2006 FIFA World Cup -Germany was an important moment for Colombia, having failed to qualify for the 2002 World Cup. Head coach Francisco Maturana led the team through 4 FIFA qualifiers and was fired after losing to Brazil 2–1 in Barranquilla, getting thrashed 4–0 by a weak Bolivia and suffering a shocking 1–0 defeat at home to Venezuela. Following a 1–1 tie with Argentina he was fired and Reinaldo Rueda was placed as the new coach. Colombia seemed to have improved and defeated Peru and Uruguay 5–0 during qualifying, managed a 3–0 victory over arch-rivals Ecuador, and tied with Brazil 0–0 in São Paulo. Towards the end Colombia (21 pts), Chile (21pts), and Uruguay (22 pts) had a chance to target the playoffs with Australia. Colombia (21 pts) traveled to Asunción hoping for three points against Paraguay (28), who sealed their place in Germany while Chile battled against Ecuador and Uruguay against Argentina. As in the 2002 qualifiers, the last match of Argentina was against Uruguay, and in both occasions Uruguay needed a favourable result to reach 5th place in order to make the playoffs to earn a place in the World Cup. Even though Colombia won its match against Paraguay, Uruguay also won the match against Argentina, again reaching the position to play the playoff for the last ticket to Germany. Both Argentina and Paraguay had already qualified. Colombia ended with 24 pts, once again behind Uruguay with 25 pts.

Final Standings

Team Pts Pld W D L GF GA GD
 Brazil 34 18 9 7 2 35 17 18
 Argentina 34 18 10 4 4 29 17 12
 Ecuador 28 18 8 4 6 23 19 4
 Paraguay 28 18 8 4 6 23 23 0
 Uruguay 25 18 6 7 5 23 28 −5
 Colombia 24 18 6 6 6 24 16 8
 Chile 22 18 5 7 6 18 22 −4
 Venezuela 18 18 5 3 10 20 28 −8
 Peru 18 18 4 6 8 20 28 −8
 Bolivia 14 18 4 2 12 20 37 −17

2006 Central American and Caribbean Games

Group Stage

July 16 Colombia 7 - 0 Netherlands Antilles at Cartagena, Colombia
July 20 Colombia 2 - 3 Panama at Cartagena, Colombia

Quarter Finals

After Copa America 2007

After Copa America 2007, the Colombian national football team boomed with recent success in the South American 2010 FIFA World Cup qualifiers. After embarrassing losses against Paraguay, and Argentina in the Copa America, many Colombians nonetheless anticipated a successful run for 2010 FIFA World Cup classification. In the first match of the qualifying round, Colombia, defying expectations that they would lose to Brazil, drew 0–0 with Brazil at home. Not long after that, Colombia surprisingly tied 0–0 again with Bolivia national football team, but many argue that this was largely due to the fact that the altitude of La Paz contributes to usual losses or ties for non-Bolivian teams. However, Colombia would find their very first win after defeating a weak Venezuela national football team 1–0, with a stupendous free kick courtesy of Rubén Darío Bustos. In their next game, Colombia would defy expectations again by beating Argentina, at the time ranked first in the world. On November 17, 2007, In Bogotá against Argentina, Lionel Messi beat the defense before scoring past goalkeeper Agustín Julio. Colombia turned the game around in the second half, however, when Rubén Darío Bustos got his second free kick goal of the qualifying campaign, and not long after that, Dayro Moreno scored his first international goal for Colombia. Colombia won the match 2–1, obtaining 4th place in the world cup qualifiers. On June 14, 2008 Columbia tied Peru 1–1 moving Colombia up to 3rd place in the world cup qualifiers after a Brazilian loss to Paraguay. Another 0–0 between Ecuador and Colombia in Quito was on June 18, 2008 and Colombia remain at 3rd place and as the only undefeated country in the qualification after Bolivia won Paraguay 4–2. Successive defeats to Uruguay and Paraguay at home, and a thrashing away to Chile, however, left Colombia in an extremely dangerous position knocking them out of the top five and forcing them to set their sights on the fifth play-off spot only. As of September 25, 2009, they are eighth after a 3–1 defeat at the hands of Uruguay in Montevideo. On October 10, 2009, Colombia lost 4–2 in Colombia against Chile, losing any possibility of assisting to 2010 World Cup. After that, on October 14, 2009, they played their last qualification match against Paraguay, in Asunción, Paraguay, beating 2–0 and finishing in 7th place in the table standings with 23 points, one point behind Uruguay, who went on to compete in the play-offs, and eventually play in the World Cup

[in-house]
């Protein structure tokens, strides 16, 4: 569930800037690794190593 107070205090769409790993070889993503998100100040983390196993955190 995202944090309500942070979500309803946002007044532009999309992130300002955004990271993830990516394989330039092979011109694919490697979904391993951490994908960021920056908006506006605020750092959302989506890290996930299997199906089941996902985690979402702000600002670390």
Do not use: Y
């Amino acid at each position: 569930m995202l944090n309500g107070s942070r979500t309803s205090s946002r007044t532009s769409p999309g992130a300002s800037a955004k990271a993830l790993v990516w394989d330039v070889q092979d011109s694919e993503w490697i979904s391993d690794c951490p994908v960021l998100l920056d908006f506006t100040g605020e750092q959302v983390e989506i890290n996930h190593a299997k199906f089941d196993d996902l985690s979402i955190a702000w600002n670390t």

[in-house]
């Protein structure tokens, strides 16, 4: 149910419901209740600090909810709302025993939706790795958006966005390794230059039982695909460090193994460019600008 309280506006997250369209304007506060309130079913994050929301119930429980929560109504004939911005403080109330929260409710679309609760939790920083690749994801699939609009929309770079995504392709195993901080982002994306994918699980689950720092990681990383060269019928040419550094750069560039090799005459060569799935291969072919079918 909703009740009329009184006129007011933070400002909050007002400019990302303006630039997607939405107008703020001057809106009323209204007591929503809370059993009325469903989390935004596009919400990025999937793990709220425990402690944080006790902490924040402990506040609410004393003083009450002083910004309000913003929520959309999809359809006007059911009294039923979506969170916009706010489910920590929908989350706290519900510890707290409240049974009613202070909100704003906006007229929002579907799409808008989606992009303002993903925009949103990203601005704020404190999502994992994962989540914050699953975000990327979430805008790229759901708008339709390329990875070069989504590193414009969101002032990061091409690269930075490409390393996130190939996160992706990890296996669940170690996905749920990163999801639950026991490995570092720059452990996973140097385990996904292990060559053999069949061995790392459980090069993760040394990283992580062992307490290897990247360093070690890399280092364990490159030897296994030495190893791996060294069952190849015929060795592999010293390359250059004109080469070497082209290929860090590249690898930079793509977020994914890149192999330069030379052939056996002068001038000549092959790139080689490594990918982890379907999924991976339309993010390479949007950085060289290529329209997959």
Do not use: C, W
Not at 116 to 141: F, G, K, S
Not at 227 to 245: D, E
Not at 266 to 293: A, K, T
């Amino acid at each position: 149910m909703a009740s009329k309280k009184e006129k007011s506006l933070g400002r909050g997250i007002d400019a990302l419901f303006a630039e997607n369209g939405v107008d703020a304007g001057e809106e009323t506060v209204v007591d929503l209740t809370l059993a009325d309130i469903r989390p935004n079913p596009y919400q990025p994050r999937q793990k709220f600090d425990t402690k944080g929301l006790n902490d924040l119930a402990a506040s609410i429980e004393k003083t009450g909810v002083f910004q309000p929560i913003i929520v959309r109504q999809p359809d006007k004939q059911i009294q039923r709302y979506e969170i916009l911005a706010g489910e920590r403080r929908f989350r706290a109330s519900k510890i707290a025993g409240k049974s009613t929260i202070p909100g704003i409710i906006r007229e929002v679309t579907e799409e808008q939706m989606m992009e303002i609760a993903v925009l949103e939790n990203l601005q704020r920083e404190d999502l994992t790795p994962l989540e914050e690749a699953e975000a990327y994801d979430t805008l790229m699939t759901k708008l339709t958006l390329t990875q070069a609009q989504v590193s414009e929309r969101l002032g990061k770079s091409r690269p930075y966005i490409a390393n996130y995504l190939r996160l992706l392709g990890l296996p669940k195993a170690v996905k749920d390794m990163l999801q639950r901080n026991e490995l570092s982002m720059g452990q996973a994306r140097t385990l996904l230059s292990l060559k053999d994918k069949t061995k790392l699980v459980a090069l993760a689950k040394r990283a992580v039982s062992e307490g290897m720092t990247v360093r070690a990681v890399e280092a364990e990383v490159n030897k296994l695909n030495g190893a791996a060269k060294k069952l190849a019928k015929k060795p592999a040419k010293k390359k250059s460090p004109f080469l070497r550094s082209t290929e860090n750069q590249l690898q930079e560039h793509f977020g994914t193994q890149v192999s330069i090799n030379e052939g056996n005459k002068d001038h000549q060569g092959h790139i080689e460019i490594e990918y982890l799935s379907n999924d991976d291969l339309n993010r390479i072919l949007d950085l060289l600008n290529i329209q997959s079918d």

Current team status